"With a vigorous Labour campaign there remains room for movement before May."

'Nothing for granted'

SNP leader Nicola Sturgeon said the set of polls was "encouraging" for her party.

She told the BBC: "They show that Labour is paying a heavy price for its alliance with the Tories and the people understand that the way to make Scotland's voice heard at Westminster, loudly and clearly, is to vote SNP."

However, Ms Sturgeon added that her party was taking "nothing for granted" and would be working flat out right up until election day.

The leader of the Scottish Conservatives, Ruth Davidson, said the poll "confirms that Ed Miliband simply isn't trusted by Scots".

She added: "It's increasingly clear that we face a choice between the security and leadership of the Scottish Conservatives, and the total chaos of a weakened Labour Party which staggers over the line thanks to SNP back room deals."

Voters will go to the ballot box on 7 May to choose who will represent them in Scotland's 59 Westminster constituencies.


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ANALYSIS

By political editor Brian Taylor

On one occasion, George Robertson (he was Labour's Shadow Scottish Secretary and it was 1997) told me that devolution would "kill the SNP stone dead".

So, just how is that project going? Not too wonderfully, it would appear, if one is to place credence in the poll of Scottish constituencies just published by the Tory peer Lord Ashcroft.

Of course, there have been other minor indicators that Plan Robertson was somewhat awry. For one, the presence of an SNP majority government at Holyrood. For another, a series of Scotland-wide polls suggesting a substantial SNP lead.

But Lord Ashcroft's poll is notably sore for the SNP's opponents, indicating as it does a significant SNP advance. The peer polled 1,000 voters in each of 16 Scottish seats, mostly choosing to investigate areas where there was a big Yes vote in the referendum.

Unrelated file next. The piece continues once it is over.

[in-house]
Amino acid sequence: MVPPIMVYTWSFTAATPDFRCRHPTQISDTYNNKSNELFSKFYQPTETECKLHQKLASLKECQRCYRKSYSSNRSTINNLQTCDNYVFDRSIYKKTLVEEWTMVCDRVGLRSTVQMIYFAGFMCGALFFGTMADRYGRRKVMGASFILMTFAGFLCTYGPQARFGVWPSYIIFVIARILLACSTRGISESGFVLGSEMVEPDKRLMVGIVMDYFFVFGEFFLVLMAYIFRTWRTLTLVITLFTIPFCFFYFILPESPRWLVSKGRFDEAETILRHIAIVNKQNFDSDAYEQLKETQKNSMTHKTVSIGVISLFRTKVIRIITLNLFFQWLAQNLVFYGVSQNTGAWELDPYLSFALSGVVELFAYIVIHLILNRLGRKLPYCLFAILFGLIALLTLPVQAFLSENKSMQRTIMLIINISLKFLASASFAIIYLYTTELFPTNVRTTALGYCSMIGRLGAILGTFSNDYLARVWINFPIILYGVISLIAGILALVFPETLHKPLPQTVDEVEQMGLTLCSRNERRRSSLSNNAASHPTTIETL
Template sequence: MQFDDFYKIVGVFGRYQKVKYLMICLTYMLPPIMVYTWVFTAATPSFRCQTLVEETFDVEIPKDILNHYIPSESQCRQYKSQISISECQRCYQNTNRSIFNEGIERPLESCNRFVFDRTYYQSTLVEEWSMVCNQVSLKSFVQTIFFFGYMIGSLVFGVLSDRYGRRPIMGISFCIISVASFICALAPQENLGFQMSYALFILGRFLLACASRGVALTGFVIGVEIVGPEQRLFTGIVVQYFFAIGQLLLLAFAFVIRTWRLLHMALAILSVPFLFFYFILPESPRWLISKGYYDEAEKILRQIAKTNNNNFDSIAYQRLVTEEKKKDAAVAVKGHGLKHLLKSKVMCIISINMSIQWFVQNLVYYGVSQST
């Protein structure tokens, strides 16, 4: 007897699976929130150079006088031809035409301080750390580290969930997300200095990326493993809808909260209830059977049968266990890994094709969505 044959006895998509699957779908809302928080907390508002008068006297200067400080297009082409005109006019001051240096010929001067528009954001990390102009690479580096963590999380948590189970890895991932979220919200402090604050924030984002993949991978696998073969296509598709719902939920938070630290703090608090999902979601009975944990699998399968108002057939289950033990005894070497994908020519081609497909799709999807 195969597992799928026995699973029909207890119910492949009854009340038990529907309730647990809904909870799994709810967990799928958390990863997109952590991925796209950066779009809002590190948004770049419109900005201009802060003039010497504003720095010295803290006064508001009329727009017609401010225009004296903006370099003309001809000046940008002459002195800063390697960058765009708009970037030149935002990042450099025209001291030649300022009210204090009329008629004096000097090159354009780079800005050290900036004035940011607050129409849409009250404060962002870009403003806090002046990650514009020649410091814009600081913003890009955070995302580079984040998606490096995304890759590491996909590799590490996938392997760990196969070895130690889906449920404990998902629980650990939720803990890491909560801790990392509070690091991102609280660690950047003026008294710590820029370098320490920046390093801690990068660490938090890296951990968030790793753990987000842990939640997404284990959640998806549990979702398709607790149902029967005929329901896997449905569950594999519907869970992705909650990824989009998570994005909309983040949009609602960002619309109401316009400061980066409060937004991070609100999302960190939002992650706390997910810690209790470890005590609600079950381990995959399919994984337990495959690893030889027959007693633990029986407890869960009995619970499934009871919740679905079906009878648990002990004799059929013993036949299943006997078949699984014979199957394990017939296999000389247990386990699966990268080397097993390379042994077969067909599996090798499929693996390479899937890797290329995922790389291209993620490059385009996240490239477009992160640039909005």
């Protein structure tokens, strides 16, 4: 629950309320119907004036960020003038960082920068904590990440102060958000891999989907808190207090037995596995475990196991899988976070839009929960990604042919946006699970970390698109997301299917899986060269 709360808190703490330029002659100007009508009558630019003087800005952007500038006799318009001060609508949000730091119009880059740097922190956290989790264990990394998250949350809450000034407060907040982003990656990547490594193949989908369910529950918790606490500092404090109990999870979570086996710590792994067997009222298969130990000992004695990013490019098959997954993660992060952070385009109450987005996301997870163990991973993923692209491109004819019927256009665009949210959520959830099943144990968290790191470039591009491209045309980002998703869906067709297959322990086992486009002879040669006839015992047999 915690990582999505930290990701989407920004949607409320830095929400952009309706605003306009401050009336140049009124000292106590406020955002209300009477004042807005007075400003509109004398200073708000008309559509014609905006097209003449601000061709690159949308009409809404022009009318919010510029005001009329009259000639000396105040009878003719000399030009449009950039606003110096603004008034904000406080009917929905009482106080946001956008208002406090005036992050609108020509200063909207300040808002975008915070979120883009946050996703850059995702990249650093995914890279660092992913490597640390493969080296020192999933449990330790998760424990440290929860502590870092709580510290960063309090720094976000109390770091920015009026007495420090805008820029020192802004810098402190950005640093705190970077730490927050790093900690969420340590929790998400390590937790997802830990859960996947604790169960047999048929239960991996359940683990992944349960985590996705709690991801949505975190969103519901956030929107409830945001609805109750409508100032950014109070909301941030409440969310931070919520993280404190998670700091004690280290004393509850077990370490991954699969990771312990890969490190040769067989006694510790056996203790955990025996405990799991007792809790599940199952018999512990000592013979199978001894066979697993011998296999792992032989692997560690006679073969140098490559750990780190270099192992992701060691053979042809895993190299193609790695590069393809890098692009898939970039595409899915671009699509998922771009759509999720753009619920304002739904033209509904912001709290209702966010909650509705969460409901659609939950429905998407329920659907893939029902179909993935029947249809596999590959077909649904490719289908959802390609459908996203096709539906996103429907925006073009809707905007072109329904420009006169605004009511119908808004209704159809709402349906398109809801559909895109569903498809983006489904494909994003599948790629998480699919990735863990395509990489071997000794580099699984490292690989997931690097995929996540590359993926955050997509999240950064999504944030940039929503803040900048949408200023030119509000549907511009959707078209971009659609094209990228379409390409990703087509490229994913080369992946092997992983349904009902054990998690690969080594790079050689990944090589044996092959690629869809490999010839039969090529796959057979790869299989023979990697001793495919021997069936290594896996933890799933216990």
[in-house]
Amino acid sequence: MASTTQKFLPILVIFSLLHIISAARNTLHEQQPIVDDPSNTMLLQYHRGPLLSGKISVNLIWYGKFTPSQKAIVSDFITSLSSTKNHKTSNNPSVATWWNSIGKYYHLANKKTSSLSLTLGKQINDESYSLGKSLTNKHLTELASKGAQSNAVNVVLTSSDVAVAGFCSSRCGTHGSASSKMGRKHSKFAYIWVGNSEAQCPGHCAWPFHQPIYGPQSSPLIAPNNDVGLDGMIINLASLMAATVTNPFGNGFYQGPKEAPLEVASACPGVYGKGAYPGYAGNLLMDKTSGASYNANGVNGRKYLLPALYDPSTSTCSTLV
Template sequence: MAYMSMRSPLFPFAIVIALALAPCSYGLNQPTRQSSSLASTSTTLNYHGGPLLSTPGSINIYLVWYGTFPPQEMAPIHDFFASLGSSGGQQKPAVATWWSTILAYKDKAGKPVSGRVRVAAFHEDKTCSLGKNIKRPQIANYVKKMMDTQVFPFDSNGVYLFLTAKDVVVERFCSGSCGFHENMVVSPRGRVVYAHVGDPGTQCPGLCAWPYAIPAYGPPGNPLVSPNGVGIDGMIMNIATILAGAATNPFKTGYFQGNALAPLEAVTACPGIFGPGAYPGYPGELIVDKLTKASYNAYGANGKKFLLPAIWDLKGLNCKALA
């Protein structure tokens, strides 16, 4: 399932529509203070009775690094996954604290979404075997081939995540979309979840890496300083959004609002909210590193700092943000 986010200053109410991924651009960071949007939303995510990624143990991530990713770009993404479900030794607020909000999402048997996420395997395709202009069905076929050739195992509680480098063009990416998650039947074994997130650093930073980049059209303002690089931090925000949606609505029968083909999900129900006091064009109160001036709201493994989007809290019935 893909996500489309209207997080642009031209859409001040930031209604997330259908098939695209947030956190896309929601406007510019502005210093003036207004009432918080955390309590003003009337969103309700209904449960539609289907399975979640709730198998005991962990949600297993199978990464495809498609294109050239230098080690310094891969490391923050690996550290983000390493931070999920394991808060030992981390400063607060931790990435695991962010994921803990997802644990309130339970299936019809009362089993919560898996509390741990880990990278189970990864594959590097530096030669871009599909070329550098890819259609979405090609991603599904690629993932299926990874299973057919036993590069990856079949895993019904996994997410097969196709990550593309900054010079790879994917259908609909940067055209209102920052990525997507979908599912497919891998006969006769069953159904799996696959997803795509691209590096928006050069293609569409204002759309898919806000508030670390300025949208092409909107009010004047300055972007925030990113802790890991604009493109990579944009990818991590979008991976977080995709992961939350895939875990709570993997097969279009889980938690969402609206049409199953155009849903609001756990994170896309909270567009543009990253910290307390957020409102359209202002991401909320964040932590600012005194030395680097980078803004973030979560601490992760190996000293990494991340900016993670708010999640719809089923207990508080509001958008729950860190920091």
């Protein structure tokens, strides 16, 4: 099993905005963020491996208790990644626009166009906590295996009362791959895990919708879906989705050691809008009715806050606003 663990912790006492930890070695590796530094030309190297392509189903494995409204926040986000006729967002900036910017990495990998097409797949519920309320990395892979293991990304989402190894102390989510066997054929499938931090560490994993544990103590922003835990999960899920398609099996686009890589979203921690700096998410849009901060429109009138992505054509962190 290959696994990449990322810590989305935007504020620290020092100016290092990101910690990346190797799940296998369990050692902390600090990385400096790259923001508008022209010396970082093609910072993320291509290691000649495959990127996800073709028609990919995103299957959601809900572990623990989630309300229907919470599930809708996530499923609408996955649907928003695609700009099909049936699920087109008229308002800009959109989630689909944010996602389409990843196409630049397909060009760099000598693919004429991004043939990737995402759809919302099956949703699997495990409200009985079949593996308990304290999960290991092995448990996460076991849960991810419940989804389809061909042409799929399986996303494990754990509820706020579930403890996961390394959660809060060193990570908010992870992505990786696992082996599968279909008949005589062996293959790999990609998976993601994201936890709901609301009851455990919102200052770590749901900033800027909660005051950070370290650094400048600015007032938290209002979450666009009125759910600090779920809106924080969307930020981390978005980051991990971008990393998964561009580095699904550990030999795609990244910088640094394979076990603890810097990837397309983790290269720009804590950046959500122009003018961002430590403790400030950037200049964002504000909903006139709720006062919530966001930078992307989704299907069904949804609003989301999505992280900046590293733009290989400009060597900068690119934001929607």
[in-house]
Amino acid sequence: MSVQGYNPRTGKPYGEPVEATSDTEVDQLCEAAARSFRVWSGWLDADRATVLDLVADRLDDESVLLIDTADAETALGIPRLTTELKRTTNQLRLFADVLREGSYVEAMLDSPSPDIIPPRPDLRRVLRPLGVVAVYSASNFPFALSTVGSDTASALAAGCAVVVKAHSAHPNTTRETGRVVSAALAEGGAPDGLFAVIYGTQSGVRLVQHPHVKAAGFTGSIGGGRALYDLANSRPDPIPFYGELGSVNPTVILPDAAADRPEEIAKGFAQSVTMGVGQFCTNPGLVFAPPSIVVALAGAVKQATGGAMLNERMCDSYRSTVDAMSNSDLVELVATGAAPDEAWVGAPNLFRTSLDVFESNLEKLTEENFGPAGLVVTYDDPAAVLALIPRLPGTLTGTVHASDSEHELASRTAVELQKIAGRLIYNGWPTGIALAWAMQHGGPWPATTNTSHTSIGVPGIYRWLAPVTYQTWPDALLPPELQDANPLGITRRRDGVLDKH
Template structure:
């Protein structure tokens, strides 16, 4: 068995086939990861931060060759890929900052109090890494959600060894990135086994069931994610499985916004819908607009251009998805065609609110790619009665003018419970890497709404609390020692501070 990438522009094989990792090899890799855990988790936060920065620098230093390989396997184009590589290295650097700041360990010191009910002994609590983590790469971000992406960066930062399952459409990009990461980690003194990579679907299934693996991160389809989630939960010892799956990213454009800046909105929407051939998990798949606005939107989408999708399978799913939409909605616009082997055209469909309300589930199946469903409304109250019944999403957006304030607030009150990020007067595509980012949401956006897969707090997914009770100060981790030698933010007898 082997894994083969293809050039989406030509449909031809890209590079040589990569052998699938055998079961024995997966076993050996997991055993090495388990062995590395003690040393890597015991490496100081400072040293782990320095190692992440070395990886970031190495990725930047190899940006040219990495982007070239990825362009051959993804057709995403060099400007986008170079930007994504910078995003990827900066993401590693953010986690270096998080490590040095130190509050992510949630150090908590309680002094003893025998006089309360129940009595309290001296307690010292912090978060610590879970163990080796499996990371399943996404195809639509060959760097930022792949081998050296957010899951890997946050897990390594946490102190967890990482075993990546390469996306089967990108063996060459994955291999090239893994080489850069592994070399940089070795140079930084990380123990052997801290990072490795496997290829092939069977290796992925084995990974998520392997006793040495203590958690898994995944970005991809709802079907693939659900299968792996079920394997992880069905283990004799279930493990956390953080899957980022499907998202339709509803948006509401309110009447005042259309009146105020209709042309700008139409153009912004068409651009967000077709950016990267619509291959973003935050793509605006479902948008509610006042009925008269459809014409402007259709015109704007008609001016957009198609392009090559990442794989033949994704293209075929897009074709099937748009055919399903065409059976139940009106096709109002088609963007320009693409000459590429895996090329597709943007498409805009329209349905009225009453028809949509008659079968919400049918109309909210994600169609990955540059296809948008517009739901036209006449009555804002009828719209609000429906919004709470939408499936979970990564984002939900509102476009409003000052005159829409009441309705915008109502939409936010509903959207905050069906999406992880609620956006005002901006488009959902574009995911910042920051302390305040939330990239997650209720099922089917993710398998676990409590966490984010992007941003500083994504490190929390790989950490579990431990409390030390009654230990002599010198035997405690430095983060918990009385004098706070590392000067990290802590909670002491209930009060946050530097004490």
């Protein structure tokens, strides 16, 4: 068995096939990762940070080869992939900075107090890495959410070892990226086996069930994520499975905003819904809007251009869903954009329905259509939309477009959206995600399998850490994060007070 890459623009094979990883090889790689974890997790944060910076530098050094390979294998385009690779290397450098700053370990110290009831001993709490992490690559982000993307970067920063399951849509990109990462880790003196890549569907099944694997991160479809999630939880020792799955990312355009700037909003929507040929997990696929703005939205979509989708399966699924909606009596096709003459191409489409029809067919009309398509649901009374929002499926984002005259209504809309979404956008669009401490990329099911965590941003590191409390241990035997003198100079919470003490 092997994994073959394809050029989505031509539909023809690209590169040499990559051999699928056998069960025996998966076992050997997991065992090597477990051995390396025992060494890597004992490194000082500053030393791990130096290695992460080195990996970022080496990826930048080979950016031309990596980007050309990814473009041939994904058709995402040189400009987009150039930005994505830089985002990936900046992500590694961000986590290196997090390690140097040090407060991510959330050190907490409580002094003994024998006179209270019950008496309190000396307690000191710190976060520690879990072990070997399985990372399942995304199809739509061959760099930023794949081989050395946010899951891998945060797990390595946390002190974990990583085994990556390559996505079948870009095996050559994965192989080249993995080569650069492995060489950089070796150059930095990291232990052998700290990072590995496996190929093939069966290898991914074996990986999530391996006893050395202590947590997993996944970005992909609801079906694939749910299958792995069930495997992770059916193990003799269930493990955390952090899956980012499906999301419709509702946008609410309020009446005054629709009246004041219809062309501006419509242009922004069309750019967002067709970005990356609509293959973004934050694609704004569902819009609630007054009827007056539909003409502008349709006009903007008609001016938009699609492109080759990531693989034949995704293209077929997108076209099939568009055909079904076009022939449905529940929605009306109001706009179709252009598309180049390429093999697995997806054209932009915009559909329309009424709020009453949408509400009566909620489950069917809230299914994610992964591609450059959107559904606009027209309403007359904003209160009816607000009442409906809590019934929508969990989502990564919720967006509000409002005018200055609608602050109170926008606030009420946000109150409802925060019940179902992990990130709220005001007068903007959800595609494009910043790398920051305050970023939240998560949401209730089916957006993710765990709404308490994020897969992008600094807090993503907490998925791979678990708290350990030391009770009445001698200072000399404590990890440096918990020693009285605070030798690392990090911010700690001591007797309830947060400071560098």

His data suggests that the SNP would take 15 of them - including the seats held by Danny Alexander, Douglas Alexander and Margaret Curran. Alex Salmond would win in Gordon. Only William Bain, in Glasgow North East, would surmount the SNP tide........

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Image caption Each dot on the graph represents the last reading of the average of four (SOURCE: What Scotland Thinks)

ANALYSIS

By Professor John Curtice, Strathclyde University

Overall the Ashcroft polls point to a 25 point swing from Labour to the SNP - even bigger than the 21 point swing recorded on average by the most recent polls.

Labour might though still hope that the nationalist tide is not so strong where the "Yes" side did not come ahead in the referendum - places such as Fife, South Lanarkshire and Edinburgh where the party also has plenty of seats but where Lord Ashcroft did not poll.

However, Lord Ashcroft also polled in two seats that the Liberal Democrats are trying to defend, Inverness and Gordon.

Both of these are in parts of Scotland where the "Yes" side was clearly behind in the referendum. Nevertheless, the advance in SNP support in these seats since 2010 is just as strong - up 21 points in Gordon and no less than 31 points in Inverness.

Even so, today's polls also underline the potential fragility of the SNP's position.

In half of the Labour seats in which he polled, Lord Ashcroft reckons the SNP's lead is less than 10 percentage points. In these cases a relatively small swing back to Labour could yet see Jim Murphy's party emerge as victor. There is still an awful lot to play for in the three months between now and polling day.....

Read more analysis from the professor